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Democrats seek federal contract ban for tax-dodging corporations

By Brett Wilkins     Jul 30, 2014 in Politics
Washington - Congressional Democrats have introduced legislation that would deny federal contracts to US companies which incorporate overseas in order to avoid paying taxes.
The No Federal Contracts for Corporate Deserters Act, introduced by Sen. Carl Levin (D-MI), Sen. Richard Durbin (D-IL), Rep. Rose DeLauro (D-CT) and Rep. Lloyd Doggett (D-TX), would ban federal contracts to companies which reincorporate, are at least 50 percent owned by US shareholders and which have no significant business in the foreign nation in which they incorporate.
This tax-dodging strategy is known as corporate inversion. Richard Trumka, president of the AFL-CIO, the largest federation of trade unions in the United States, calls inversion "a gaping, unpatriotic tax loophole."
Congress enacted a law to curb inversion back in 2004. But a loophole in that legislation allows US companies to circumvent the law by merging with foreign firms. Companies avoid paying US taxes by effectively renouncing their American "citizenship" and changing their corporate addresses to foreign nations.
Among the most egregious examples is Walgreens, America's largest drugstore chain, which is seeking to save around $4 billion over the next five years by relocating its headquarters to Europe. This, despite the fact that a quarter of the company's revenue is paid by the US government — and taxpayers — in the form of Medicare and Medicaid payments.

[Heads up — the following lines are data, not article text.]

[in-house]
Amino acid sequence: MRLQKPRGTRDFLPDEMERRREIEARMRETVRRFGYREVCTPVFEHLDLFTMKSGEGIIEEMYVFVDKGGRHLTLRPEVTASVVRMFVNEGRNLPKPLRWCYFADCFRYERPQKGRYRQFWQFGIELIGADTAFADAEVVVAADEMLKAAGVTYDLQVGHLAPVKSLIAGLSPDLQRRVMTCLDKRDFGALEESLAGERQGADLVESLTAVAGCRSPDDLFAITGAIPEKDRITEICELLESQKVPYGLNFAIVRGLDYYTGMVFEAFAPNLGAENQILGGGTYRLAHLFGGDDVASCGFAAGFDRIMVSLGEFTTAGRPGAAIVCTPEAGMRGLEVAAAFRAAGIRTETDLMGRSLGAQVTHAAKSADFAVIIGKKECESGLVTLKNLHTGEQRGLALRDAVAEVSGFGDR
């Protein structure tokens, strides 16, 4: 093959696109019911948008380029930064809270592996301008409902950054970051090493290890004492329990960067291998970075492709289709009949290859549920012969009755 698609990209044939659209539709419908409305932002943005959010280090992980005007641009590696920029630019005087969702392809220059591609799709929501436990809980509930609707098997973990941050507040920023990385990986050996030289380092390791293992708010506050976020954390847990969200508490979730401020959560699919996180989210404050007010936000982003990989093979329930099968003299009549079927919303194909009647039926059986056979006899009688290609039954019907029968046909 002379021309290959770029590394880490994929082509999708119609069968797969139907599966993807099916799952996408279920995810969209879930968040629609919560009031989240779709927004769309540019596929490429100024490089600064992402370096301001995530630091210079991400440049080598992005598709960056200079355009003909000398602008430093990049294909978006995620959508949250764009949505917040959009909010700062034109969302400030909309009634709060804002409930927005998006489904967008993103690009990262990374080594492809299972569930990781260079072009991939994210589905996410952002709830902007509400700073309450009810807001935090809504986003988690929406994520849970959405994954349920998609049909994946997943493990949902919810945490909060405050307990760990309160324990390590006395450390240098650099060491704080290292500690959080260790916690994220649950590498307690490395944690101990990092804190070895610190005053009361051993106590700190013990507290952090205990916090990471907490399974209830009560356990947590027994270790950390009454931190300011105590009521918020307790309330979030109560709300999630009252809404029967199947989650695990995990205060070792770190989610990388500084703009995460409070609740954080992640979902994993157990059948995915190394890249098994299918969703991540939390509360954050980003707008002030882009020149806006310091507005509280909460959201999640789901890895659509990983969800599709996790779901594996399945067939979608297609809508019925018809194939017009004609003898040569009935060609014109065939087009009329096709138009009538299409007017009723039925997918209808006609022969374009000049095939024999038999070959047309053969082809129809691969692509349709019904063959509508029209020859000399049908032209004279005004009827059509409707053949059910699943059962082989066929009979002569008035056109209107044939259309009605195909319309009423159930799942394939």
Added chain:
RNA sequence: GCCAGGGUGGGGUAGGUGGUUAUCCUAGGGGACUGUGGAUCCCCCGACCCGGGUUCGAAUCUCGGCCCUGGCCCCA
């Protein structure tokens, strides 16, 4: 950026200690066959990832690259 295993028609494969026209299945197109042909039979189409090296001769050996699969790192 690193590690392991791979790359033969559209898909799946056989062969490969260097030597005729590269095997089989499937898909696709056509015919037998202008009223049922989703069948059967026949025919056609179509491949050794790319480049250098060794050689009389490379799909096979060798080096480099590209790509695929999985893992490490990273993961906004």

"We ought to put a stop to all inversions, but at the very least, we should stop these companies from receiving federal funding from the same American families who have to pick up the tax burden inverted companies shrug off," Levin is quoted in the Washington Post.
"Corporations that renounce their citizenship not only invert their business operations but pervert our laws," Doggett said in a statement. "Those dodging their fair share of taxes should not be rewarded with taxpayer-funded government contracts.
President Obama has also weighed in on the issue.
"My attitude is, I don't care if it's legal, it's wrong," he said in Los Angeles last Thursday.
Obama blamed congressional Republicans for "directly blocking policies that would help millions of Americans." Among these are his corporate tax overhaul plan.
In 2012, Obama began urging Congress to pass his Bring American Jobs Home Act, which would eliminate corporations' ability to deduct the cost of outsourcing US jobs from their tax bills. Obama's plan would instead grant tax credits for "insourcing" jobs back to the United States.
Although "buy American" has long been a rallying cry of many US conservatives, congressional Republicans, who Democrats accuse of prioritizing tax breaks for corporations and wealthy individuals, blocked the plan.
Republicans have instead called for lowering corporate taxes.
"Under President Obama, the United States has the highest corporate tax rate in the developed world," Michael Steel, spokesman for House Speaker John Boehner (R-OH), told the Wall Street Journal. "It doesn't have to be that way: comprehensive tax reform would reduce deductions and lower tax rates for everyone."
According to the advocacy group Americans for Tax Justice, 26 of America's wealthiest corporations pay no taxes on their massive profits. These companies paid more in CEO compensation than in federal income tax, and some received billions of dollars in tax credits.
Some of the worst offenders include California-based utility giant PG&E, whose federal income tax rate between 2008 and 2011 was -18.4 percent, General Electric, whose tax rate over the same period was -18.9 percent and Pepco Holdings, at -39.5 percent.
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